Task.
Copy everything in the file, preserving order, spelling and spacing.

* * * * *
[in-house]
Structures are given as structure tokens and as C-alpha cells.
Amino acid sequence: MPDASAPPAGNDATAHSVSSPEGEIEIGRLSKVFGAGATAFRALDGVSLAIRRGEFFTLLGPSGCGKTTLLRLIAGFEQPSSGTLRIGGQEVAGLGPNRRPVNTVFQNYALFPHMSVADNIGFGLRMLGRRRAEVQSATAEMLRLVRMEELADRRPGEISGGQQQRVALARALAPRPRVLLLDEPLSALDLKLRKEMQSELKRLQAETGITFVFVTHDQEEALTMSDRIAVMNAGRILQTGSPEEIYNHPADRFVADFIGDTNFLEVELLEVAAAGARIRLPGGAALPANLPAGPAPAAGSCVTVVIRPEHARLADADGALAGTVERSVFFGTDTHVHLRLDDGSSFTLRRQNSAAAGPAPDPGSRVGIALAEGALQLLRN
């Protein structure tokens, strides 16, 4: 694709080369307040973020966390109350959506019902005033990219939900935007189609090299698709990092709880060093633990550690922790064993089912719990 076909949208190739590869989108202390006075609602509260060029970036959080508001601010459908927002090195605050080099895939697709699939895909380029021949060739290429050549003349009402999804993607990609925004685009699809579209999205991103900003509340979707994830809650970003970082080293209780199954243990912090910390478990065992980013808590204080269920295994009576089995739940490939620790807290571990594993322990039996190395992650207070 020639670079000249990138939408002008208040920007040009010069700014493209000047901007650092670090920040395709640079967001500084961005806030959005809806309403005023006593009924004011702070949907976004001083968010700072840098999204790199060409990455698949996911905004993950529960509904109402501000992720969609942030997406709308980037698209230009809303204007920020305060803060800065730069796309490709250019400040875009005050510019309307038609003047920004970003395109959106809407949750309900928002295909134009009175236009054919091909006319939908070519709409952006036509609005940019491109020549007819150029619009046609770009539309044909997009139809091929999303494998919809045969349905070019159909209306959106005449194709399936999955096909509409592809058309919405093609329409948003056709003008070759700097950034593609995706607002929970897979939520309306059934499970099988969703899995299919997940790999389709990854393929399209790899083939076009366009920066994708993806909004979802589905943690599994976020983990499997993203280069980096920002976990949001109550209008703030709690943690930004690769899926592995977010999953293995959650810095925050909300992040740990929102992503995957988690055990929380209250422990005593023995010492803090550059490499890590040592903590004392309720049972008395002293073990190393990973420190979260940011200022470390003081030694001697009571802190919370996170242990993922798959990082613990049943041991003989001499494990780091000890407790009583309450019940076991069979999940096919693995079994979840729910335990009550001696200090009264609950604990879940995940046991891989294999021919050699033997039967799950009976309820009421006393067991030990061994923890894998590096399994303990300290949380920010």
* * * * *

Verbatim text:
[in-house]
Structures are given as structure tokens and as C-alpha cells.
Amino acid sequence: MPDASAPPAGNDATAHSVSSPEGEIEIGRLSKVFGAGATAFRALDGVSLAIRRGEFFTLLGPSGCGKTTLLRLIAGFEQPSSGTLRIGGQEVAGLGPNRRPVNTVFQNYALFPHMSVADNIGFGLRMLGRRRAEVQSATAEMLRLVRMEELADRRPGEISGGQQQRVALARALAPRPRVLLLDEPLSALDLKLRKEMQSELKRLQAETGITFVFVTHDQEEALTMSDRIAVMNAGRILQTGSPEEIYNHPADRFVADFIGDTNFLEVELLEVAAAGARIRLPGGAALPANLPAGPAPAAGSCVTVVIRPEHARLADADGALAGTVERSVFFGTDTHVHLRLDDGSSFTLRRQNSAAAGPAPDPGSRVGIALAEGALQLLRN
């Protein structure tokens, strides 16, 4: 694709080369307040973020966390109350959506019902005033990219939900935007189609090299698709990092709880060093633990550690922790064993089912719990 076909949208190739590869989108202390006075609602509260060029970036959080508001601010459908927002090195605050080099895939697709699939895909380029021949060739290429050549003349009402999804993607990609925004685009699809579209999205991103900003509340979707994830809650970003970082080293209780199954243990912090910390478990065992980013808590204080269920295994009576089995739940490939620790807290571990594993322990039996190395992650207070 020639670079000249990138939408002008208040920007040009010069700014493209000047901007650092670090920040395709640079967001500084961005806030959005809806309403005023006593009924004011702070949907976004001083968010700072840098999204790199060409990455698949996911905004993950529960509904109402501000992720969609942030997406709308980037698209230009809303204007920020305060803060800065730069796309490709250019400040875009005050510019309307038609003047920004970003395109959106809407949750309900928002295909134009009175236009054919091909006319939908070519709409952006036509609005940019491109020549007819150029619009046609770009539309044909997009139809091929999303494998919809045969349905070019159909209306959106005449194709399936999955096909509409592809058309919405093609329409948003056709003008070759700097950034593609995706607002929970897979939520309306059934499970099988969703899995299919997940790999389709990854393929399209790899083939076009366009920066994708993806909004979802589905943690599994976020983990499997993203280069980096920002976990949001109550209008703030709690943690930004690769899926592995977010999953293995959650810095925050909300992040740990929102992503995957988690055990929380209250422990005593023995010492803090550059490499890590040592903590004392309720049972008395002293073990190393990973420190979260940011200022470390003081030694001697009571802190919370996170242990993922798959990082613990049943041991003989001499494990780091000890407790009583309450019940076991069979999940096919693995079994979840729910335990009550001696200090009264609950604990879940995940046991891989294999021919050699033997039967799950009976309820009421006393067991030990061994923890894998590096399994303990300290949380920010």